IBM provides the Container Registry for the mainframe

IBM has provided a container registry that allows mainframe application developers to discover free, open source container images that can be accessed through a graphical or command line interface (CLI).

To address security concerns, IBM created these images from source instead of assembling them from images hosted on other container registries. IBM also scanned these images for known vulnerabilities, with reports available on a web page associated with each image.

IBM has also released a hash for each container image to prevent developers from accidentally getting an accidental version of a particular image.

The container images correspond to the Open Container Image (OCI) specification and as such can be executed on a Linux distribution that runs on a mainframe as well as on the z / OS operating system.

Matt Whitbourne, Director for z / OS, says containers play a vital role in enabling developers to build microservice-based applications that can be deployed on a mainframe, in addition to modernizing legacy applications so that they are easier to use an application can be called programming interface (API).

In general, IBM positions mainframe applications as a set of reliable back-end services that an application can invoke either on the platform or in a distributed computing environment. However, microservices-based applications, which tend to be latency sensitive, run much faster when deployed on a mainframe along with these backend services, notes Whitbourne.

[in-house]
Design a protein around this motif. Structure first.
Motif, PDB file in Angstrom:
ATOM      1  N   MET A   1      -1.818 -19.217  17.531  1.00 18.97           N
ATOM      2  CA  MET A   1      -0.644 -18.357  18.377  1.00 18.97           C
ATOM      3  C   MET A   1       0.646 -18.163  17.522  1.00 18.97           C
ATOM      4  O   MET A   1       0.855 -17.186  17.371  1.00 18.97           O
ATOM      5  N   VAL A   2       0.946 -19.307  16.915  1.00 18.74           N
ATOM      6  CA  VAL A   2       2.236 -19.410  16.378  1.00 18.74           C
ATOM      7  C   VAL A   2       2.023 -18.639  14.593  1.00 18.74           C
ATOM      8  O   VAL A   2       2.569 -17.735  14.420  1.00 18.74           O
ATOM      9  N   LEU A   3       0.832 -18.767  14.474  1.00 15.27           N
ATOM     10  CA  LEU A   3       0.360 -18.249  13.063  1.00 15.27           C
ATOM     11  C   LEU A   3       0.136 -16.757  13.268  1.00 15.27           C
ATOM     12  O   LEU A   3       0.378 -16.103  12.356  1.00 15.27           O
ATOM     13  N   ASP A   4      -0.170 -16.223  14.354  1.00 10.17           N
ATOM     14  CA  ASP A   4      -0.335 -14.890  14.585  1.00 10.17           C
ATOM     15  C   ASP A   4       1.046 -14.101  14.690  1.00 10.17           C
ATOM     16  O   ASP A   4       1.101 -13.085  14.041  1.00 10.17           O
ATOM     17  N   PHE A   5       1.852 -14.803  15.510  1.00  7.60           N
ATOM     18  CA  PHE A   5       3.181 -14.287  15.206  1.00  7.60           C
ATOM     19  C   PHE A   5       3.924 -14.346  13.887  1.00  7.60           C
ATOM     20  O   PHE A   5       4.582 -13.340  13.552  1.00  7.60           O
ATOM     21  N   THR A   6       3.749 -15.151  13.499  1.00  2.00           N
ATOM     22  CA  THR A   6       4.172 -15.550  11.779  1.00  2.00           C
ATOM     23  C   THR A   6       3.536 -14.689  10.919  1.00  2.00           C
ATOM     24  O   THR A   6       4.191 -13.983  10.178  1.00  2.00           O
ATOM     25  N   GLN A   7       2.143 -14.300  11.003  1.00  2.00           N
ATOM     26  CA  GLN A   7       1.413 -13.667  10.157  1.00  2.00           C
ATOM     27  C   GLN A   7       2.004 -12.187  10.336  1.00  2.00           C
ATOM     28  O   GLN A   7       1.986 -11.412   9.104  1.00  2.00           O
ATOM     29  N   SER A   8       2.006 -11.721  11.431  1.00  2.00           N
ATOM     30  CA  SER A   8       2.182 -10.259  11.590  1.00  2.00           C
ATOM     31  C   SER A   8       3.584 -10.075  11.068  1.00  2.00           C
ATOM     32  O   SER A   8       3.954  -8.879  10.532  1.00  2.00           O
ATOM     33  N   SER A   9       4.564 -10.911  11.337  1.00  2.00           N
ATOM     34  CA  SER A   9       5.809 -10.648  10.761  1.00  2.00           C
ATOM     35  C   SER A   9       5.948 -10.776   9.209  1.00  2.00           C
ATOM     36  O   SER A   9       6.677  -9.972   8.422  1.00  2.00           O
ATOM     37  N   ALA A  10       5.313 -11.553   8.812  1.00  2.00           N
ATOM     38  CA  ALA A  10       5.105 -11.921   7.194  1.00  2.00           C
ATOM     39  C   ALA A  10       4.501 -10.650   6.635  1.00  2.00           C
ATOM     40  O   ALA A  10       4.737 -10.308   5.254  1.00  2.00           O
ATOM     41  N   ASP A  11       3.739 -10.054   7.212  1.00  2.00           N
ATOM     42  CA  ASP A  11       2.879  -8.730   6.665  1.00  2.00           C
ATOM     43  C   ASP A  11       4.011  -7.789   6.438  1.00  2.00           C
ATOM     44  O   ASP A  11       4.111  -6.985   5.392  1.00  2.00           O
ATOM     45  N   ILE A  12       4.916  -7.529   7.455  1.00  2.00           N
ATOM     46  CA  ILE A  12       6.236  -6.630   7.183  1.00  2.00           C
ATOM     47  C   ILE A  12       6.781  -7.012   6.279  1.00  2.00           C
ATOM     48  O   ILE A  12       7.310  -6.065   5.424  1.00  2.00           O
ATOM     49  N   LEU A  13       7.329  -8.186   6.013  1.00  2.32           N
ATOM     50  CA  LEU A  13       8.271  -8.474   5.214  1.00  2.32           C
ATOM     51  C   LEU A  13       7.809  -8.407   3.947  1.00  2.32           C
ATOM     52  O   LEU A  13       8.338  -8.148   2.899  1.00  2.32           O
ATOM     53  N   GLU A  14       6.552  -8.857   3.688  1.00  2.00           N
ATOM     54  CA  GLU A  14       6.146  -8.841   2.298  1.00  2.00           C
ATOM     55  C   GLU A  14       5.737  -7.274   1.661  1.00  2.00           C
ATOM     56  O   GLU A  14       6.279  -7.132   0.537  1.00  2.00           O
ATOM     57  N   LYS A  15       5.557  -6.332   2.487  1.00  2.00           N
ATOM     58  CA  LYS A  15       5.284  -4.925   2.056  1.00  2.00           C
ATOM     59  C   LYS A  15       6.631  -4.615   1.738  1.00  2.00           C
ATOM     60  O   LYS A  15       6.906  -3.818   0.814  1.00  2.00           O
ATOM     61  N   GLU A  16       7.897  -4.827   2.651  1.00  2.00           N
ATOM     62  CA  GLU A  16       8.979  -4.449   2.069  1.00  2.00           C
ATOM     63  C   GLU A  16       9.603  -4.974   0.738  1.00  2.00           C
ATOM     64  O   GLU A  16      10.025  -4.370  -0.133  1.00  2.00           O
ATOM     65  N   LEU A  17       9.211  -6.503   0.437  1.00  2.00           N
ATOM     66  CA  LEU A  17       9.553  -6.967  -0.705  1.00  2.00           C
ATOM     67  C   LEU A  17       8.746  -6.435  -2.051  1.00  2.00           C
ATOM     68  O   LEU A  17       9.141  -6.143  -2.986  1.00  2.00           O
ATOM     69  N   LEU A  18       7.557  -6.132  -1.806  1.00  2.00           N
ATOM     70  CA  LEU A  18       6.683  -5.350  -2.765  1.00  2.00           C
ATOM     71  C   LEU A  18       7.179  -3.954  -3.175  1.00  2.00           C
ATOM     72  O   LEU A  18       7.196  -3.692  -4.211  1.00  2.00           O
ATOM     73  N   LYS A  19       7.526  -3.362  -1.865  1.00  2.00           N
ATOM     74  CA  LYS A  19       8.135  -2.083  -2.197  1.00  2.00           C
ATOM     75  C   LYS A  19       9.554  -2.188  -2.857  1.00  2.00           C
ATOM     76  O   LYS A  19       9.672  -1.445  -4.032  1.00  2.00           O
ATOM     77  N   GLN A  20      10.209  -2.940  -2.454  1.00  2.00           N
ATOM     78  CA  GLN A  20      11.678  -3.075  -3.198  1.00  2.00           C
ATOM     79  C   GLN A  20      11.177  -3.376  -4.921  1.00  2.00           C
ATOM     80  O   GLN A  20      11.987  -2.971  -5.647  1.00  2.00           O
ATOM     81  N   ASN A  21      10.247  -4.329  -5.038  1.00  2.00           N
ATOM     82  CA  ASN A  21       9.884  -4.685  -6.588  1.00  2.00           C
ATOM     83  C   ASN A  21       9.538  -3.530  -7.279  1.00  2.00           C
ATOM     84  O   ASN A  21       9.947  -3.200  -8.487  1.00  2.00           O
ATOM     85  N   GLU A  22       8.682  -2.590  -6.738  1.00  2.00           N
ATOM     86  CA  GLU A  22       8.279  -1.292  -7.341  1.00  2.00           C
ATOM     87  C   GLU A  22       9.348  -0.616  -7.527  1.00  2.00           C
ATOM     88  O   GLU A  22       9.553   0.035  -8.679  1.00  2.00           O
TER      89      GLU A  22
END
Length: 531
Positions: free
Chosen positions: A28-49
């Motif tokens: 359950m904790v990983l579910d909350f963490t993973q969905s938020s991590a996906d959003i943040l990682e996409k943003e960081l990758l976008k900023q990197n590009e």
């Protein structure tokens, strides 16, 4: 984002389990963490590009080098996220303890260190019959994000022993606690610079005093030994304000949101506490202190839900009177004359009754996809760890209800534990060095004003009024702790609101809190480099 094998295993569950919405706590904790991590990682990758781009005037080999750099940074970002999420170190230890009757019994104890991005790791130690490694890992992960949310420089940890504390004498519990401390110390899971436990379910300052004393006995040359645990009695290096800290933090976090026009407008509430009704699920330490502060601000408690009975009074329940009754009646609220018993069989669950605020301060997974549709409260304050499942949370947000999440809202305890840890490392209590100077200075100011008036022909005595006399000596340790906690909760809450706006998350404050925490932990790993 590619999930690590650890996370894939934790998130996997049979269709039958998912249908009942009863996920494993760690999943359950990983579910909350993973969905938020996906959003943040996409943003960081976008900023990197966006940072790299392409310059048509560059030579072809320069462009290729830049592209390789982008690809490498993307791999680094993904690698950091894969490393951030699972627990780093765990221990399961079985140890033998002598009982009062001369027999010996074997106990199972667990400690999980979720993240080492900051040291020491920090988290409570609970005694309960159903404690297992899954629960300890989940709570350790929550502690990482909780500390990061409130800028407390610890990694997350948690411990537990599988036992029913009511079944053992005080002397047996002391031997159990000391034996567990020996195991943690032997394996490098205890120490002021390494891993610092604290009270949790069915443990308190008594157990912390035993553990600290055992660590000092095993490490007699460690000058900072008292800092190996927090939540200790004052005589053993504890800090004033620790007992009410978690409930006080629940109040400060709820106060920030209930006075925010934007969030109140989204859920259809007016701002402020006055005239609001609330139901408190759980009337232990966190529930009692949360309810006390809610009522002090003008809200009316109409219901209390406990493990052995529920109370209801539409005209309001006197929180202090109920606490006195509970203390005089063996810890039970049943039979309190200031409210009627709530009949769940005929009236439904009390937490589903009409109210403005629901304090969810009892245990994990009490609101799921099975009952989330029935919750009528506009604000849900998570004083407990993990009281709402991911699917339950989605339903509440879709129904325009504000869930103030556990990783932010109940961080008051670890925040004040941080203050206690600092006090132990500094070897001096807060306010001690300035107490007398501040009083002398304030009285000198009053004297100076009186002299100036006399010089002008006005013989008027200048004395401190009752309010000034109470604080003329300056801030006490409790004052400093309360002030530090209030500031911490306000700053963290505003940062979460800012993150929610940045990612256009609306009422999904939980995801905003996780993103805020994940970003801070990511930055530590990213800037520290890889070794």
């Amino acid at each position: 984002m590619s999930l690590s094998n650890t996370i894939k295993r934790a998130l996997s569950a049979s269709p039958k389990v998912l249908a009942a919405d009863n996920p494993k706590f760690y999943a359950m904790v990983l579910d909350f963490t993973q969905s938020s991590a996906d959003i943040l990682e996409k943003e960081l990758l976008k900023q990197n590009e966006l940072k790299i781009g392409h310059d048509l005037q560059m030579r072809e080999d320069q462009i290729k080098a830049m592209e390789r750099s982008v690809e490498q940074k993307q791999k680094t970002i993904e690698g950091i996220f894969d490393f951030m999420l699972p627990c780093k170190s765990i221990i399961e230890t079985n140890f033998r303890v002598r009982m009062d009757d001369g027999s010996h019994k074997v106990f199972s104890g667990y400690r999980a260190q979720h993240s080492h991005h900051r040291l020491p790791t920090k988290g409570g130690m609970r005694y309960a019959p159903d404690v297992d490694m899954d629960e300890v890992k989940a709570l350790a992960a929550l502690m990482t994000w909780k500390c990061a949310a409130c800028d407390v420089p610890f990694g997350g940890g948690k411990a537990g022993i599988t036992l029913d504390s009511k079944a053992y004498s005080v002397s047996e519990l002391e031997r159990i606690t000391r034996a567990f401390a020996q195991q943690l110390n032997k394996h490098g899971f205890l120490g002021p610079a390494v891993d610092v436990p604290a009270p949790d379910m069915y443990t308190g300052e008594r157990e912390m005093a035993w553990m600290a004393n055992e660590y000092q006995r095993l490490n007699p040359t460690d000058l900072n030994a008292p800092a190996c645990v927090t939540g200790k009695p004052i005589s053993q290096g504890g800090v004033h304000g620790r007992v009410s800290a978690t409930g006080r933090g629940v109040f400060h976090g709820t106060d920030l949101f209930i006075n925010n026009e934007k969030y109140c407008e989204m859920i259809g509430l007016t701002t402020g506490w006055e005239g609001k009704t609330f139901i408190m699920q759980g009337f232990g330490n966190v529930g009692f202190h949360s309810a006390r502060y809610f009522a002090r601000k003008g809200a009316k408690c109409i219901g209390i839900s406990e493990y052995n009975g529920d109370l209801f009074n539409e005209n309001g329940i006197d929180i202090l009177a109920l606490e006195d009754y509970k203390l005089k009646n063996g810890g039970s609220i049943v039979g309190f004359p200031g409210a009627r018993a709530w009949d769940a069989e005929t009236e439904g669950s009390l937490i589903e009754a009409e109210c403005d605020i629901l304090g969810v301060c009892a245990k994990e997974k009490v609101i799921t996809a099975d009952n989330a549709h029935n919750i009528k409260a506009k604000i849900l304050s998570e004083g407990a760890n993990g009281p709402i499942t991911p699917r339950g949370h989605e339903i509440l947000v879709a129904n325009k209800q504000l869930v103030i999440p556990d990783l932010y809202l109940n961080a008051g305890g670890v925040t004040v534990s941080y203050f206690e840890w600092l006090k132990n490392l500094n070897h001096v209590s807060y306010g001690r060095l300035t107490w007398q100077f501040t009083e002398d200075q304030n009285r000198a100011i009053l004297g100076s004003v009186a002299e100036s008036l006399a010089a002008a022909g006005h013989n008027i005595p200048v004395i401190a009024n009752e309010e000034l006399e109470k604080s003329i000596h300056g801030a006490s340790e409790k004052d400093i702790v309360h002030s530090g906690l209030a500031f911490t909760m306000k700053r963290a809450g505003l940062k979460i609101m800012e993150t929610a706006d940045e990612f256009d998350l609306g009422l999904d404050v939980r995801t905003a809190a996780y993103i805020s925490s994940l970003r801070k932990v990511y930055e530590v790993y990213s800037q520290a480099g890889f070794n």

After nearly six decades, there are still large numbers of IT companies in companies using mainframes to process transactions in near real-time alongside advanced analytics applications. Rather than replacing the back-end functionality these companies have already provided, IBM believes it makes more economic sense to make them more accessible to a wider range of developers.

At the same time, IBM is using containers to expand the pool of developers who are able to create and deploy mainframe applications. The immediate challenge is that most mainframe businesses tend to strictly manage their supply chains. The IBM-provided registry provides a centralized mechanism to ensure the integrity of container images for the mainframe.

It’s not entirely clear what impact containers can have on mainframes. Many companies use containers to move mainframe applications to cloud computing platforms. Whitbourne notes, however, that the mainframe is still the only platform that can guarantee an availability level of around three seconds of downtime per year.

In the longer term, IBM is making it clear that so-called cloud-native applications based on containers run better on z / OS and Linux than on public clouds, he adds.

The demise of the mainframe was long predicted, but as application architectures have evolved over the years, IBM has succeeded in ensuring that the mainframe remains relevant. In some ways, the mainframe is just one more distributed computing platform among many that IT organizations can deploy based on the attributes of the workload being deployed. In fact, it is likely that mainframes will continue to run various classes of workload well beyond the end of this decade and into the next decade.

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